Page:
Wednesday, October 12, 2011

Tijuana: Six places you must go now

Cesar's restaurant, Tijuana
When a dozen or more food writers descend on a town for the same event, there's sure to be plenty of write-ups on the highlights. Dave Lieberman pointed out 5 Products You Didn't Know Came from Baja in the OC Weekly, while Javier, aka The Glutster, took readers course by course through the special Mision 19 Baja Culinary Fest dinner with Javier Plascencia and John Sedlar. So EatingLA highlights a quick list of places to hit when you go to Tijuana, whether as a day trip or part of a drive to Ensenada or beyond. And yes, you must go, because the seafood is a wonder of impossible-to-find ocean beasts, while the tacos and other local specialties (from cheese to venison) are different than anything you will taste in L.A. (Addresses are on the linked blogs.)
Caesar's Restaurant: You can't miss this Tijuana landmark on the Avenue Revolucion. While the avenue has seen better days, the restaurant has been lovingly restored under the ownership of local restaurant magnate and chef Plascencia. Get a Caesar salad prepared tableside (yes, they were invented here), some tapas like fried sardines, and a classic cocktail or a margarita, and pretend you're Julia Child enjoying the prohibition-era atmosphere in Tijuana.

Javier Plascencia, Erizo Cebicheria  
Cebicheria Erizo: Plascencia's latest creation is his most modern and stylish -- Erizo is a casual seafood restaurant and market specializing in the things that can't readily be found north of the border: Chocolate and Pismo clams, farmed abalone, Geoduck clams (above), oysters, local shrimp, squid and tuna and much more.
tempura salicornia, Erizo
We sampled scallop ceviche decadently topped with a hefty shard of chicharron (here's FoodGPS's Dose of Vitamin P), tempura salicornia (sea asparagus, above), a simple but artfully-flavored tuna tostada, octopus tacos and a shooter of the restaurant's namesake erizo or sea urchin.
Baja Sonora tacos  
Asadero Baja Sonora: Thanks to StreetgourmetLA, we've tried several excellent places for carne asada tacos, which I've only truly come to obsess over in the last 10 years since I've been eating beef more frequently. Sonoran-style beef dishes are some of the best, and we tried the a slick new outpost of one of these fine taco spots. Located on the large Agua Caliente Blvd., Asadero Baja Sonora looked more like a Pollo Loco inside, but the large menu of parrilladas (full meals of grilled meats) and tacos shows how seriously this places takes its cow. Try the tacos with cactus or chiles, and the arrachera, a higher quality cut than the basic beef. The above link to StreetGourmet's blog also describes a trip to the highly-recommended Sonora Mia, a steakhouse with some other fine regional dishes.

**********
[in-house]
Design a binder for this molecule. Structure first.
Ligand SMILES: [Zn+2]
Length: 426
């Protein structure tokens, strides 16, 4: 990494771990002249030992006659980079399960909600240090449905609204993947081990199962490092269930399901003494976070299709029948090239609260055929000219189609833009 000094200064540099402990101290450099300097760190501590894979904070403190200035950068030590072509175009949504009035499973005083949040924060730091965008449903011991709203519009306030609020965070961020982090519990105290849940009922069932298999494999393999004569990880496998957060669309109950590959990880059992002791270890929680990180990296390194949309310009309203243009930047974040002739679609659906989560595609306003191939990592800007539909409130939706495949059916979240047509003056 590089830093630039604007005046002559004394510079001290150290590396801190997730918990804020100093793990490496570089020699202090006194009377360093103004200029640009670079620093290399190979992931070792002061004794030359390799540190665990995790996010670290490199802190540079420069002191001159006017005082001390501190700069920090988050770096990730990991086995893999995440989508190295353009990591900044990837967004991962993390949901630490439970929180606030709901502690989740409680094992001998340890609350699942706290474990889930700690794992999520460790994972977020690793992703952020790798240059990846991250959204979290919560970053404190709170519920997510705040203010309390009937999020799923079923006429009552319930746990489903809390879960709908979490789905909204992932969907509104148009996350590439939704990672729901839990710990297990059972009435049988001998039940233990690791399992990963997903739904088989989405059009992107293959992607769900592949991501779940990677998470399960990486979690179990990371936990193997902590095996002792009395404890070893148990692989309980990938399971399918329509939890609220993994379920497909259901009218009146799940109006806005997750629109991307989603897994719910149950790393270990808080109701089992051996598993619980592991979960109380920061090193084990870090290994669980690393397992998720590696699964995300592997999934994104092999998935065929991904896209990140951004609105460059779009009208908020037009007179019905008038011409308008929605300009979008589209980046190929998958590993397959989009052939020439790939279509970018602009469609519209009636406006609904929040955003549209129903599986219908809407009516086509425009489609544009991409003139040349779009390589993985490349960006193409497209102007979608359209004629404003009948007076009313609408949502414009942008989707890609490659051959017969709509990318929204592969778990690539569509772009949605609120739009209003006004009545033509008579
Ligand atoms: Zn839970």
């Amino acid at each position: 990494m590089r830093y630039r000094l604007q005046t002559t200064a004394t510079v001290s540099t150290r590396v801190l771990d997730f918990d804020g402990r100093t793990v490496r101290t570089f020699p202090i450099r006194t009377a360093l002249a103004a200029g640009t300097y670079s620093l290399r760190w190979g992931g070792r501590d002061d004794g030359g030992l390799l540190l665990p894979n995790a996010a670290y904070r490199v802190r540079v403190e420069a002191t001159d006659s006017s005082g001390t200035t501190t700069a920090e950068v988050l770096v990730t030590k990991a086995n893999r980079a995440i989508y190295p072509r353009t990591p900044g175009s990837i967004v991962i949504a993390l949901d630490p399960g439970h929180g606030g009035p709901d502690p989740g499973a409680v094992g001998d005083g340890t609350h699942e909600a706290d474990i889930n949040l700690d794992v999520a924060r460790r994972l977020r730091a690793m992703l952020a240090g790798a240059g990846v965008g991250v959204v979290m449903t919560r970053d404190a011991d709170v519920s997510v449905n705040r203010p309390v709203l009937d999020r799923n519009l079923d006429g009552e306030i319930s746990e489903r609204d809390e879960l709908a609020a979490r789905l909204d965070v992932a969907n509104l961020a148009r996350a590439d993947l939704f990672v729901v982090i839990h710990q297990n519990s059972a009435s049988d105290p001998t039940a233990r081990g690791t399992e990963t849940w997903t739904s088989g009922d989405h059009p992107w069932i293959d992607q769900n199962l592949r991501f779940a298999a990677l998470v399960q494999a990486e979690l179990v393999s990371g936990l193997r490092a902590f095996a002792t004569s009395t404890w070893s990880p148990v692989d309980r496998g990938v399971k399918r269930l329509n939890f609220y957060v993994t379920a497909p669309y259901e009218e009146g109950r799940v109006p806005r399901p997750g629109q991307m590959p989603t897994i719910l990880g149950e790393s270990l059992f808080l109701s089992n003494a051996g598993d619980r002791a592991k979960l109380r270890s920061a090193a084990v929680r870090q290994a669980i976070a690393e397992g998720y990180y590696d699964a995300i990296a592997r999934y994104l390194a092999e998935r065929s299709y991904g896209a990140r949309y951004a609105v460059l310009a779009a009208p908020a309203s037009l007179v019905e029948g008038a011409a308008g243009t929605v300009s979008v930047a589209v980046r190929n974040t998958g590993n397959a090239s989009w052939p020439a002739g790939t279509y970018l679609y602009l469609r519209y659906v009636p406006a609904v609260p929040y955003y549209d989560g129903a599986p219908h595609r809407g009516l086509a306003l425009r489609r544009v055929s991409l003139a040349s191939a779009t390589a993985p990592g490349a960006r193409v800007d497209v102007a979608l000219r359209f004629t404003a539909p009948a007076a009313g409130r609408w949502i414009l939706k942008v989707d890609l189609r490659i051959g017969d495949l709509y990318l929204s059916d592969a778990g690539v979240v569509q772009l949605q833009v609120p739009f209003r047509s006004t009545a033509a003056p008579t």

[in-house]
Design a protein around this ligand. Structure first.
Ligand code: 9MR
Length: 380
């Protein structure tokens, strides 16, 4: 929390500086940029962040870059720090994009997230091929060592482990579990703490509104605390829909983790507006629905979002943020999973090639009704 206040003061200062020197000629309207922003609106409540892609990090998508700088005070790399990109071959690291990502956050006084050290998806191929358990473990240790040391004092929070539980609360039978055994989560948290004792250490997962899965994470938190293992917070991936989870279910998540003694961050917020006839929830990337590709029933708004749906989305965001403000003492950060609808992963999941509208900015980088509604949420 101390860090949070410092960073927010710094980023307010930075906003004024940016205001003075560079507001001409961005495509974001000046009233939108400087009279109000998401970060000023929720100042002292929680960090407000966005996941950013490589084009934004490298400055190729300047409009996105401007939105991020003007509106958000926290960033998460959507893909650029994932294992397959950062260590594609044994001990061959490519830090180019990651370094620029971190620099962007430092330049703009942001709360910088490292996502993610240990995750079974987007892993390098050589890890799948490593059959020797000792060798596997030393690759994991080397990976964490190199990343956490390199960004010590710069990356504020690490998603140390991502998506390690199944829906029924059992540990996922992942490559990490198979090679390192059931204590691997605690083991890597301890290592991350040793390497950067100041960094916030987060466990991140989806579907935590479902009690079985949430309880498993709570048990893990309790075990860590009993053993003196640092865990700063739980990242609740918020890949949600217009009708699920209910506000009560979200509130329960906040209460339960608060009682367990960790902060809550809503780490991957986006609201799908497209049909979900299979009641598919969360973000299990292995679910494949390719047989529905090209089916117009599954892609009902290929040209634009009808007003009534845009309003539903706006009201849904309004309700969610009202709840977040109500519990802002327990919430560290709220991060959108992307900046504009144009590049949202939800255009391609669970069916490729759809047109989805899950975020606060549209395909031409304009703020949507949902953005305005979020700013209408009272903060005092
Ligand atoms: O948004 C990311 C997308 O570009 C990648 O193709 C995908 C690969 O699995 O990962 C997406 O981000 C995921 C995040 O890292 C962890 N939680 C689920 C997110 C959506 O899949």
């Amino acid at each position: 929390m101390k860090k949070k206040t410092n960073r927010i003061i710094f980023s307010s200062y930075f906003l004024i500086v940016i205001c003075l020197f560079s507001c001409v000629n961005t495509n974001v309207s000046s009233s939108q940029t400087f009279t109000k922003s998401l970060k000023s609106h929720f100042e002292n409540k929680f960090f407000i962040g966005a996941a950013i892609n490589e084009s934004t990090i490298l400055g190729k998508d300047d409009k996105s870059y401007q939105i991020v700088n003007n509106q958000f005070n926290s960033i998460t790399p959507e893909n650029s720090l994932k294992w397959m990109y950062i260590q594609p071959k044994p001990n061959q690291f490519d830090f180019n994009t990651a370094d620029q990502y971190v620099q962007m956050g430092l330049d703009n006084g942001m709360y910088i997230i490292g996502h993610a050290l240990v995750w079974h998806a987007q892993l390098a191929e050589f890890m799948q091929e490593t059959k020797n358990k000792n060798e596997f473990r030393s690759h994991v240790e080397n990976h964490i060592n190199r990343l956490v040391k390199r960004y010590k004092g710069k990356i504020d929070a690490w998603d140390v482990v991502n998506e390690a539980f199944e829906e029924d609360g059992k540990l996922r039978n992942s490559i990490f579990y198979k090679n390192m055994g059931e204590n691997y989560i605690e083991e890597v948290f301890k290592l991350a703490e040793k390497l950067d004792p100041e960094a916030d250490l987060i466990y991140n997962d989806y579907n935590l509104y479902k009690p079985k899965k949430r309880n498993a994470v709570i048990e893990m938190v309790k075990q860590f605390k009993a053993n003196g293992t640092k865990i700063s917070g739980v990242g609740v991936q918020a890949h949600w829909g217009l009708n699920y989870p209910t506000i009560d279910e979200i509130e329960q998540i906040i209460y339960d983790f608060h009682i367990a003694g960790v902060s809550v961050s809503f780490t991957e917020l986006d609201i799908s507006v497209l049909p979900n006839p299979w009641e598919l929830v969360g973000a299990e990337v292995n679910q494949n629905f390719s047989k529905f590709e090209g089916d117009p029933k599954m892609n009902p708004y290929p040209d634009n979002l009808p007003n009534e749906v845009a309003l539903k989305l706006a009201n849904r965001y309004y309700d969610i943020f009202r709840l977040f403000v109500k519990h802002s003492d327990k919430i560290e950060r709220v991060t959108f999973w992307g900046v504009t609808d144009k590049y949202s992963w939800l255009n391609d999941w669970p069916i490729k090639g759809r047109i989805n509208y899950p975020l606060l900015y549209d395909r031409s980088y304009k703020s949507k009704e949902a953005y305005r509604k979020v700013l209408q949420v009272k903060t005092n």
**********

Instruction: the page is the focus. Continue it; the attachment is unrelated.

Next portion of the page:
Queso taco, Salceados
Tacos Salceados: While it's true that Tacos Salceados is now under new management, and the new management has an awfully heavy hand with the mayo sauce, this innovative taqueria (also known as Tacos La Ermita, for the street where it's located), is still a must for the quesotaco made from a cheese crisp enfolding shrimp, a sweet and savory pineapple taco with strawberry sauce; and salsas like almond and tamarind.
Mazateno caldos counter  
El Matazeno: We had tried the signature spicy shrimp enchilado and smoked marlin tacos before, so this time in Tijuana we branched out to try the octopus, chicharron (fried fish skin), simple shrimp in butter sauce and the enormous Perron or "badass" taco with shrimp enchilado, chicharron and cheese. But don't stop at seafood tacos -- the bustling restaurant also serves seafood soups, coctels and tostadas. It's not in the most central neighborhood, but a cab driver or GPS should be able to find it.
tamarindo chile sorbet with chile sauce
Tepoznieves Ice Cream: This gourmet ice cream shop has two Tijuana locations, and I got to sample their nieves again at the first Baja Culinary Fest. What it lacks in rich creaminess, this ice cream makes up for in imaginative flavors and sheer variety. I ordered a combo of chile tamarind sorbet and "Beso de Cencienta," (Cinderella Kiss) which combined cream, cheese, honey and marmalade. I topped it with a fiery red homemade chile lime sauce similar to chamoy that turned the ice cream into a salty, spicy, sour, frozen, cheesy bowl of surprises. It's the perfect way to end a day of taco sampling before starting on the cocktails of the evening or heading back across the border.

See more photos from Baja on Flickr.

9 comments:

glutster said...

Sweet! Damnit, I missed out on that taco dinner run with you guys and Bill.

Thanks for the linkage, I was way too lazy to hyperlink all those names on mine but I hyperlinked you in my heart! hahaha.

Cheers! Until next Tijuana FAM trip :)

Rachell Search The Internet said...

Nothing more I see the picture and made ​​me want to eat tacos, ok, there will be a next trip with you I do not want to miss.

Sherri said...

My husband and I have been going to Ensenada and the Valle de Guadalupe for years but have skipped Tijuana. Thanks for the inspiration, we'll be heading to Tijuana before the end of the year.

slatefood.com said...

great write up! i realize now i missed so much of the great finds while napping away in my room =(

Troy said...

I head to Tijuana once a month... I'll check these places out!

mccriswell said...

@Sherri, can you recommend eateries in the Valle de Guadalupe or Ensenada?

sway said...

want to try the ice cream .. .
looks delicious...

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sway said...

http://www.neobux.com/?r=allan1512

Kathy A. McDonald said...

Pat--Planning a day trip to TJ w/o a car. What are your top 3 places to eat that are easily accessible? W/ only basic Spanish. Gracias.